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Porridge Radio – Waterslide, Diving Board, Ladder To The Sky

porridge radio Waterslide, Diving Board, Ladder To The Sky artwork

It’s clear from track one that the lavishly-titled Waterslide, Diving Board, Ladder To The Sky is another rung up from Porridge Radio’s already skyscraping previous album Every Bad. ‘Back To The Radio’ – it’s a phrase that reads like a newscaster directing very earned attention back to [Porridge] Radio. Fitting, because though Every Bad had them nominated for a Mercury Prize, it had the misfortune of being released just days before the first lockdown. The band couldn’t soak in their critical success in the flesh. Perhaps, though, ‘misfortune’ is a misdescription. The pandemic didn’t trip Porridge Radio’s (remote) climbing to prominence, and the order of global events as we know it willed Waterslide, Diving Board, Ladder To The Sky into glorious existence.

This, the band’s third album, is all the dramatic motion – plunges, whooshes, ascension – implied by its name. Dana Margolin’s voice is ever-powerful, sodden with enough vulnerability to be wrung out and fill a pool. ‘Raw’ is an overused word to describe vocals, but it’s difficult to describe hers with anything but the most complimentary use of ‘raw’. Margolin’s vocals are as raw as if she clawed them from the pit of her gut. The backing vocals from bandmates Georgie Stott and Maddie Ryall compliment well, light and ethereal.

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Across the twelve tracks stretch tumultuous themes – guilt, forgiveness, relationship strain, self reprimanding, physical touch, existence itself, and being wholly overwhelmed by it all. “I don’t wanna be loved” Margolin repeats in track three, descending into screams. Then “don’t cut me out” is the looping lyric as track ten outros. Also in track three; “I want one feeling all the time, I don’t want to feel a thing”. The contradiction throughout Waterslide… sits on the listener’s chest like The Nightmare, undoubtedly familiar and heavy for it. “With this album, the feelings of joy, fear and endlessness coexist together,” says Margolin.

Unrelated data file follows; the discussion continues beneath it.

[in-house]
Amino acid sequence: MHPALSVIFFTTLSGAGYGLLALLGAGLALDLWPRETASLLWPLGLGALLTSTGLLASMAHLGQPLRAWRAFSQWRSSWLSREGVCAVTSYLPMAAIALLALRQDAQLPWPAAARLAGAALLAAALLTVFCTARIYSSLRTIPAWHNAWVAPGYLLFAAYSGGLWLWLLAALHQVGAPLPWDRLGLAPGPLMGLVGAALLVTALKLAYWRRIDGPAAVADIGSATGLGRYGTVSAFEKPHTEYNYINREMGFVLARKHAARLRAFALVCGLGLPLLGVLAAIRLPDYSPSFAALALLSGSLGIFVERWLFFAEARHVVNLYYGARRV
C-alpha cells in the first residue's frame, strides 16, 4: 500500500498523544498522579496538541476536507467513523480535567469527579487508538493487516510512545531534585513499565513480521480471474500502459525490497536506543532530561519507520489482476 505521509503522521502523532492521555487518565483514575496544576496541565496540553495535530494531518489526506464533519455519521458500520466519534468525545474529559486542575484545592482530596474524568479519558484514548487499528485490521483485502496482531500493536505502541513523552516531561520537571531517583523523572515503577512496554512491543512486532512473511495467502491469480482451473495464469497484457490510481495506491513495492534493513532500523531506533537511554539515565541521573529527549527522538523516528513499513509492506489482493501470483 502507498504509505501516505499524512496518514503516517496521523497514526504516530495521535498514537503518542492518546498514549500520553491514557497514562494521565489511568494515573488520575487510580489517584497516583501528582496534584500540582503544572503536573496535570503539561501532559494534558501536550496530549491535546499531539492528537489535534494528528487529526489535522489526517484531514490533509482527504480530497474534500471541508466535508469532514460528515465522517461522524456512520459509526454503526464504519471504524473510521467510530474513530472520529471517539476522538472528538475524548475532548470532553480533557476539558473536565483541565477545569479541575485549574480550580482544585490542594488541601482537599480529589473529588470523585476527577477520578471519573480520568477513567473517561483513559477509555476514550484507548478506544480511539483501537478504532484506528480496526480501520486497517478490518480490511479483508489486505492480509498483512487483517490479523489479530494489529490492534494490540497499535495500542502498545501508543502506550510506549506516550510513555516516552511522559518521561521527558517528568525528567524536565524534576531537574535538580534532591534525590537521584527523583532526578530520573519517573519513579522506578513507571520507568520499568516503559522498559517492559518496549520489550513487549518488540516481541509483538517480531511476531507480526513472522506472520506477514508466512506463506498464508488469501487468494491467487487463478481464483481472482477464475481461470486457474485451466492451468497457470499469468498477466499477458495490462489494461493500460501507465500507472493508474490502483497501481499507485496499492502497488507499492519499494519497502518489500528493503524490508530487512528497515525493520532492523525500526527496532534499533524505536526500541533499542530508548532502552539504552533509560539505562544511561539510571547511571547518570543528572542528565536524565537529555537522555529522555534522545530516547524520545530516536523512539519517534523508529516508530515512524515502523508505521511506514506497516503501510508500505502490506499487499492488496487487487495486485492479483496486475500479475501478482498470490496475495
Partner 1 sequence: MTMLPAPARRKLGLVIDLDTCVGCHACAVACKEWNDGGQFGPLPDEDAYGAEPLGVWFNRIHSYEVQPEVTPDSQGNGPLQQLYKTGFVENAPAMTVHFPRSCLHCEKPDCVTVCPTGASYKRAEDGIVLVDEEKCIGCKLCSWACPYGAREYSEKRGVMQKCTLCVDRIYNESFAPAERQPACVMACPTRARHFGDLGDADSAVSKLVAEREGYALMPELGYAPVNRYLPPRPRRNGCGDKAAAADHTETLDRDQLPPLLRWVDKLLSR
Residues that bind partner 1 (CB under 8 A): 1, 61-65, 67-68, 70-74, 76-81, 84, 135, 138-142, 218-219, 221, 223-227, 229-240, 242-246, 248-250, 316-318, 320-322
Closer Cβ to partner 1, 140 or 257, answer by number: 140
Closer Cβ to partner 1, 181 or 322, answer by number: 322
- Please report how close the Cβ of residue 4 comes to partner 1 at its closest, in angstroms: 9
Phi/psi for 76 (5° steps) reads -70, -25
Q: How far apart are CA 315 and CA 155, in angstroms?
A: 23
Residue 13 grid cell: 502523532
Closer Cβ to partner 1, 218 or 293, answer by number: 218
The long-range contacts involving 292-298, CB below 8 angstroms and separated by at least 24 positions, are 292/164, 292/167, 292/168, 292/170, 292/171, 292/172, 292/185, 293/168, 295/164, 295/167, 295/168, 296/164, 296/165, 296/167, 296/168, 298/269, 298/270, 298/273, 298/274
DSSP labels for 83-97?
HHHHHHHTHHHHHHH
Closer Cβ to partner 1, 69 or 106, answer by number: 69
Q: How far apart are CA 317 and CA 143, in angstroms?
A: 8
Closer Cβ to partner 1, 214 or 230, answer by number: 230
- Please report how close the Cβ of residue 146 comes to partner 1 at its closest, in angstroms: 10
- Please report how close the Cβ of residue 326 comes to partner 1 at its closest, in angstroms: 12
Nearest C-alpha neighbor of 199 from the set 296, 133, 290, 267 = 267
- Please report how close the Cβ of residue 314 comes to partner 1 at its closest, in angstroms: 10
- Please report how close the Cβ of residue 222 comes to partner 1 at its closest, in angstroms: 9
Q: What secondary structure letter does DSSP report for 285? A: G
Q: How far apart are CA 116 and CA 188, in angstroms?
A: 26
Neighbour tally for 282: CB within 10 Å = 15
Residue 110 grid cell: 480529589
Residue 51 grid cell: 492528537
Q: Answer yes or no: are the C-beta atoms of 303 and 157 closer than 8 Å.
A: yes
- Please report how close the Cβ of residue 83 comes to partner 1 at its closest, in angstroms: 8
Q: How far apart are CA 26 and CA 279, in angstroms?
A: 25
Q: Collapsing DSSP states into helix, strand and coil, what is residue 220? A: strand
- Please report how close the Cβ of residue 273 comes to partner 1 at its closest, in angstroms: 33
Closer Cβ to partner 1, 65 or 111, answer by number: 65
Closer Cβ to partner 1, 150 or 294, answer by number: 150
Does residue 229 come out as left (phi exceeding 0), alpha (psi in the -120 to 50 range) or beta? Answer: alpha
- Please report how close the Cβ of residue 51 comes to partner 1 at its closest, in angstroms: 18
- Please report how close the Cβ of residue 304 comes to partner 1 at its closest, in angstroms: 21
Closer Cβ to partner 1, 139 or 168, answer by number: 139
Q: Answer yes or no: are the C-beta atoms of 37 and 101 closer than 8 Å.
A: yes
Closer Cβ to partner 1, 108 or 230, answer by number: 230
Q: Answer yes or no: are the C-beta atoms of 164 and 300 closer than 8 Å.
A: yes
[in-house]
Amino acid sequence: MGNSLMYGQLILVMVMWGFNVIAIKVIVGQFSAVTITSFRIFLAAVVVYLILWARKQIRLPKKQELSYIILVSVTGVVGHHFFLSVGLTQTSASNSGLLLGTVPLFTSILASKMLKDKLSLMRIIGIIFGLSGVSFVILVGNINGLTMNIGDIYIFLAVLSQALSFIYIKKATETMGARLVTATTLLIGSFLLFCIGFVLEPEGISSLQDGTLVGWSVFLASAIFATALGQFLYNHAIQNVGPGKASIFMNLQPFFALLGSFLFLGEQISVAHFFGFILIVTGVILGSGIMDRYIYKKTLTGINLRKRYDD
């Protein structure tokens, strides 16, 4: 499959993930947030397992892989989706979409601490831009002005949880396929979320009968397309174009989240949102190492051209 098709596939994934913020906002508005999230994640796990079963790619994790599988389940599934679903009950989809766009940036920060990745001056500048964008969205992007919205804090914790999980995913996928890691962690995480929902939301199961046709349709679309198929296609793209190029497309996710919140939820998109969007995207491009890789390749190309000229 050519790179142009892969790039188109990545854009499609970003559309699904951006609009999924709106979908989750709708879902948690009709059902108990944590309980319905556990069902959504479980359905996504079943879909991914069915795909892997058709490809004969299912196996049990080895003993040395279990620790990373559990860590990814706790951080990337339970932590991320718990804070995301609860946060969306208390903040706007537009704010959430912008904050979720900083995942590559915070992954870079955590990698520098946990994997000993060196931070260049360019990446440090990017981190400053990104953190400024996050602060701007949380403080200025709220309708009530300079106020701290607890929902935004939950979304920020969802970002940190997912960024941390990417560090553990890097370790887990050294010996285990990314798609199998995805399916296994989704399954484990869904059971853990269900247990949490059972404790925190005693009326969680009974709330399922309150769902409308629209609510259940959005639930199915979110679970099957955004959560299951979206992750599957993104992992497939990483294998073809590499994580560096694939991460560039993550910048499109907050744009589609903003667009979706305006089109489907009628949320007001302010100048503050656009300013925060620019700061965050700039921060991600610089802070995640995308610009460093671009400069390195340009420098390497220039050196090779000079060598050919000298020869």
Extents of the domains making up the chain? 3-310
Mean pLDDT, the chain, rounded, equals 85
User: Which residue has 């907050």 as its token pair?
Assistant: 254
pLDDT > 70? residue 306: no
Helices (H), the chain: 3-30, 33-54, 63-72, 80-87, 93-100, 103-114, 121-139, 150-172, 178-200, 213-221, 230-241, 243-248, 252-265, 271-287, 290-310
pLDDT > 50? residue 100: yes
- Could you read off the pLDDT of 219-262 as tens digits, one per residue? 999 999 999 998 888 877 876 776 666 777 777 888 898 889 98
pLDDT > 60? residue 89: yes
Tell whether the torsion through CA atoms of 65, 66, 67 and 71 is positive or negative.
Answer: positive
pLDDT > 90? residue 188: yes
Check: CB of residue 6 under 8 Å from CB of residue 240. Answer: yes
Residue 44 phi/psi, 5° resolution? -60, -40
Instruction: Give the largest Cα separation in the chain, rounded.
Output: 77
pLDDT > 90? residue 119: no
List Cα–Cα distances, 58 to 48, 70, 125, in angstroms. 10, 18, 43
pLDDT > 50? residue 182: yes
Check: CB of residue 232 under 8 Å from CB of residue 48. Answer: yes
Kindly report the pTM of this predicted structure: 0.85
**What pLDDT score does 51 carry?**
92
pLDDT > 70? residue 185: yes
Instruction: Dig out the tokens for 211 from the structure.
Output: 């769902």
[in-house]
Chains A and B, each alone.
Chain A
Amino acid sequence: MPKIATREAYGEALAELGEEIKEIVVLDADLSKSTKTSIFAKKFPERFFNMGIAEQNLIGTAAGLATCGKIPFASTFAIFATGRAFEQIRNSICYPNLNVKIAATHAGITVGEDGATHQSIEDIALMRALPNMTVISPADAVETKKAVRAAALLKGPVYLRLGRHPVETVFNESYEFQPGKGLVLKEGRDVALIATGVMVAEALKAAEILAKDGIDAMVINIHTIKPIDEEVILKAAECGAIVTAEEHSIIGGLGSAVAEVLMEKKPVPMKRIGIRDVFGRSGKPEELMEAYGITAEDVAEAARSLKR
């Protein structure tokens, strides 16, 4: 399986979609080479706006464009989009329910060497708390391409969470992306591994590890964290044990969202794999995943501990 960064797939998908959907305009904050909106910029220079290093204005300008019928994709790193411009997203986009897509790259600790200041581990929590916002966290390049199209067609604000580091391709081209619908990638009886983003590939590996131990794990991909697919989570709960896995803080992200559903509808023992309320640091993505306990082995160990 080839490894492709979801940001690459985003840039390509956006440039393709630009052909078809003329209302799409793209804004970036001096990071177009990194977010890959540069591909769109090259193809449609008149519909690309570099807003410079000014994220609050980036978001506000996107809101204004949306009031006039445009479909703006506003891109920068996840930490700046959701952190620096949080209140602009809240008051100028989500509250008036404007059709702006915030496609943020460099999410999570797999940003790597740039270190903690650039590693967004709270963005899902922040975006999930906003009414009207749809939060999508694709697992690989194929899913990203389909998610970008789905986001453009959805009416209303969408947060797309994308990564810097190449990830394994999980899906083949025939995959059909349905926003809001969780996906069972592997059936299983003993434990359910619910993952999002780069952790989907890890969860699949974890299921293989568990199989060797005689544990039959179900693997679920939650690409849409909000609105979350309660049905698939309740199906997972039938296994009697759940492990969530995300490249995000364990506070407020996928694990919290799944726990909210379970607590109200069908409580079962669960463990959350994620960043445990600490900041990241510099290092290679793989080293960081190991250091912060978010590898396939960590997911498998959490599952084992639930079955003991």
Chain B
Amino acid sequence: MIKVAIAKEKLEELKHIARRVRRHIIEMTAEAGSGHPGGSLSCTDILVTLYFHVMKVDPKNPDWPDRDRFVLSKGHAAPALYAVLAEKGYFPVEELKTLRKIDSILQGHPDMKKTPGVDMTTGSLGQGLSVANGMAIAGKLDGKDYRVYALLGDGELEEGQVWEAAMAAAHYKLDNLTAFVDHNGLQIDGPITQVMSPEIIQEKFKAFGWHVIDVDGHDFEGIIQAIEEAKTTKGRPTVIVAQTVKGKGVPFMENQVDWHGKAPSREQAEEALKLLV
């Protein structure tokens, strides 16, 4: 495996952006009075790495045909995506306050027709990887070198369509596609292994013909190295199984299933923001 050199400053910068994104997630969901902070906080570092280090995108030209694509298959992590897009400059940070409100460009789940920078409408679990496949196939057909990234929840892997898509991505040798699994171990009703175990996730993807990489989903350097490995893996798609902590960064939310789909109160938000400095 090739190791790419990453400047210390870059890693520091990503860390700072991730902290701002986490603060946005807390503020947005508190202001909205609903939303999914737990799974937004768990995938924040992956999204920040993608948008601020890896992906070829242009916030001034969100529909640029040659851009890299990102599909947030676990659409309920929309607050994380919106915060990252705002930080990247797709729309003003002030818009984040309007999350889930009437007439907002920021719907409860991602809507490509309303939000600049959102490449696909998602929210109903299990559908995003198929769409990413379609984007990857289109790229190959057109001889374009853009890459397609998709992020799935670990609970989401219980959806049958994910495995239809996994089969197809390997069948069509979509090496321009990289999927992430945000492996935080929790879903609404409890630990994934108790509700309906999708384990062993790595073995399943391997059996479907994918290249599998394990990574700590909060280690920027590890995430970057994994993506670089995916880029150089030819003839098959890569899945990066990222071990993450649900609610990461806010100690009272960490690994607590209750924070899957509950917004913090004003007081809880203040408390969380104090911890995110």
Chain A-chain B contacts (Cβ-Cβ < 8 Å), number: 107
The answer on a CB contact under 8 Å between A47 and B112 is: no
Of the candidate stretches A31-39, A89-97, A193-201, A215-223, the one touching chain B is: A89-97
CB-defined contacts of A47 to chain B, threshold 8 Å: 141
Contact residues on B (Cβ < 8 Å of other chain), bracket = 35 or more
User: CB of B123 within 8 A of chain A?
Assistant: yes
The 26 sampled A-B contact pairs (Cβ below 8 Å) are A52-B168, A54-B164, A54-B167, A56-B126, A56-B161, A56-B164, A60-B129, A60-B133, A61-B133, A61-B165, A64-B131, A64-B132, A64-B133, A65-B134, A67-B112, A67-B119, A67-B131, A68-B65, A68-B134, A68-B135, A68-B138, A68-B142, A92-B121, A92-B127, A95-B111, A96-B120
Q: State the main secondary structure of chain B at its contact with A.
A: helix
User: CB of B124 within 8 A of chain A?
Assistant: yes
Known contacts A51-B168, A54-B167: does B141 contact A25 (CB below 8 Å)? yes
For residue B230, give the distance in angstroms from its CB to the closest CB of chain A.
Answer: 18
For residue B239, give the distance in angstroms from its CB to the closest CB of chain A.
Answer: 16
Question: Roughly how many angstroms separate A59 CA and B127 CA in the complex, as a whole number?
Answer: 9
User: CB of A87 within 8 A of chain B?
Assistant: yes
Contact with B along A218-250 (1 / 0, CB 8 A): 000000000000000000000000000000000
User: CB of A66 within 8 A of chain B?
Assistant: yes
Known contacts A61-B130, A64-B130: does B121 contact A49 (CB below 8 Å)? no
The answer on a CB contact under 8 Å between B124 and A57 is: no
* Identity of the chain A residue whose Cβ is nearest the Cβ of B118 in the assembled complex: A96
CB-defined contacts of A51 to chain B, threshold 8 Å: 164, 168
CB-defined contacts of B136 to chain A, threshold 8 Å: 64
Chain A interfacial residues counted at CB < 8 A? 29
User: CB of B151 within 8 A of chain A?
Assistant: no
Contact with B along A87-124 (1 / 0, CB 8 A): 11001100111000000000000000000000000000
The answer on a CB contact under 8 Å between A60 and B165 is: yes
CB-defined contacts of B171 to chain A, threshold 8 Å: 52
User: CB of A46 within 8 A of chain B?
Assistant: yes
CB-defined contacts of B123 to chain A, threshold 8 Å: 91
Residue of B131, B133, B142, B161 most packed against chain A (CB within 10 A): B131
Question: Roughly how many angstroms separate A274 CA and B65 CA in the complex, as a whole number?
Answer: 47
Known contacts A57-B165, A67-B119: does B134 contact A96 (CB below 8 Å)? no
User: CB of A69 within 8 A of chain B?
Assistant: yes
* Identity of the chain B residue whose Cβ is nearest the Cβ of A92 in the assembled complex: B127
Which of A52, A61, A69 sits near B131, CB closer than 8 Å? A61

The intensity of the album, and each song, swells and crashes. There are innumerable moments in which it builds to a chest-bursting precipice, before releasing and reeling back to an uneasy calm. Porridge Radio, tactically, intend to keep you alive to hear their next track, but only just. ‘Birthday Party’ might best exemplify this. Following in the great songwriting tradition of making the birthday party a heartbreaking occasion, the track mixes images of mundanity with cries of accusation and deep existentialism. Its tumbling-over-itself rhythm feels always at the point of falling, but somehow still going, and employed once again is Porridge Radio’s rare-jewel power of being capable of imbuing a phrase with a minutely altered new meaning with each repetition. Also, as someone whose web address bar autocompletes just ‘s’ to her preferred spider solitaire site, I would also like to include a personal note of gratitude for the lyric “I’m always playing solitaire”. So am I, Dana.

“I wrote these songs for myself but I think everyone wants to feel like what they’re doing is useful in some way,” says Margolin. I’m learning to embrace both now, the parts that are for me, and the parts that are for everybody else.” Indeed, Waterslide… provides a dueling sense of comfort and discomfort; its content is deeply personal, but universal, an exorcism for its creators and a corroboration for its listeners. It has hordes of likeminds in its introspection. It is a gift for all. 

Rating

Composition
Lasting Appeal
Lyrics
Production

Excellent

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Elise Price

Elise Price is a freelance music journalist for Indie Is Not A Genre.



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